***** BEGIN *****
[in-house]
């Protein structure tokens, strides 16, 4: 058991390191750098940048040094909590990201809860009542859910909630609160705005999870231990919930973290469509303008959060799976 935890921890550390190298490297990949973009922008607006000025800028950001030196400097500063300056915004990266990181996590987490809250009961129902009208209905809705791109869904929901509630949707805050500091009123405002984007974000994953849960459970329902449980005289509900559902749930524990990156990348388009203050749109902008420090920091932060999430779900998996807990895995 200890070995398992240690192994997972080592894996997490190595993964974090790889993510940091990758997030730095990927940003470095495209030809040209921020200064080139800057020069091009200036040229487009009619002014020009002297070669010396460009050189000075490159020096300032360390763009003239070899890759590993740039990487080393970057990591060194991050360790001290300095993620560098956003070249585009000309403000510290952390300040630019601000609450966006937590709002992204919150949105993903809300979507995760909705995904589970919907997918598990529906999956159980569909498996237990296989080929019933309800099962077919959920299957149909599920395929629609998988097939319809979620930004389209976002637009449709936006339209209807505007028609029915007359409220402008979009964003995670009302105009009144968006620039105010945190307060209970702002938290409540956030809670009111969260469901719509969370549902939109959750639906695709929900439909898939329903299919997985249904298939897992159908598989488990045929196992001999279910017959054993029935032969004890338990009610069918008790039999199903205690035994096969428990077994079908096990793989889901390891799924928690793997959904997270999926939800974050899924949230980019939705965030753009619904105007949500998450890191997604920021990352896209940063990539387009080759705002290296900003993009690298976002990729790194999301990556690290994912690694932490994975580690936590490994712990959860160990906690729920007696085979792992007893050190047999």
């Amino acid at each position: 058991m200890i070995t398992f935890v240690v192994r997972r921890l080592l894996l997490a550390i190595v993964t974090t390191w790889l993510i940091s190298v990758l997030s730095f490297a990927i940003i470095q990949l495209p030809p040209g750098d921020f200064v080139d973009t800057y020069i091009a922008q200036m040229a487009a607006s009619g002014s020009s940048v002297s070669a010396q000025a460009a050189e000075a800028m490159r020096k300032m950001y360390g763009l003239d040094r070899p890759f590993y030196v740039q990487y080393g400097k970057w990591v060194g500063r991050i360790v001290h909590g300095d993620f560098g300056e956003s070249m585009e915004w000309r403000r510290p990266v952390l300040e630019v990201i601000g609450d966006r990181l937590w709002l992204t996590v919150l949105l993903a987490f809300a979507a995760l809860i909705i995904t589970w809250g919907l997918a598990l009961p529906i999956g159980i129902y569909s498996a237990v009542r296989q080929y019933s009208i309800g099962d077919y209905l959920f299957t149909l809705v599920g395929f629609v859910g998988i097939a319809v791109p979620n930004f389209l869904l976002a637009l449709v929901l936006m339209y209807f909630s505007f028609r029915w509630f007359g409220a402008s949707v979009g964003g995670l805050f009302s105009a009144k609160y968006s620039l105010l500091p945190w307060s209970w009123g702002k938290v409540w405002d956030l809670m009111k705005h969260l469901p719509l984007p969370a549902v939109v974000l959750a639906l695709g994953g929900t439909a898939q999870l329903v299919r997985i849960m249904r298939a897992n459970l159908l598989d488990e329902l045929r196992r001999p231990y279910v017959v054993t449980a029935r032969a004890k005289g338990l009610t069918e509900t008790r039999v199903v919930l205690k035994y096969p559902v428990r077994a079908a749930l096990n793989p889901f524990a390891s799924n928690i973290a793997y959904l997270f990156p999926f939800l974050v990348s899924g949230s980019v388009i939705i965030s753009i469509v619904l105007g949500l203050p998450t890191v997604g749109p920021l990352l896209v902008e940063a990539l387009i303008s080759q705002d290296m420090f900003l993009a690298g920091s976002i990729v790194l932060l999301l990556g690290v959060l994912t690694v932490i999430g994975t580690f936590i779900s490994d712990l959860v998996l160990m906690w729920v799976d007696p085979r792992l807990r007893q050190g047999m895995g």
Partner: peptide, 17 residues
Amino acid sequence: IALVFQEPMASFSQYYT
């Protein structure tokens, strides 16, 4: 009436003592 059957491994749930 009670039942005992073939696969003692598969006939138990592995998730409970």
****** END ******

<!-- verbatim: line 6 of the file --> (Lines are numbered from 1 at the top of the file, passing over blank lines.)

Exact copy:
């Protein structure tokens, strides 16, 4: 009436003592 059957491994749930 009670039942005992073939696969003692598969006939138990592995998730409970």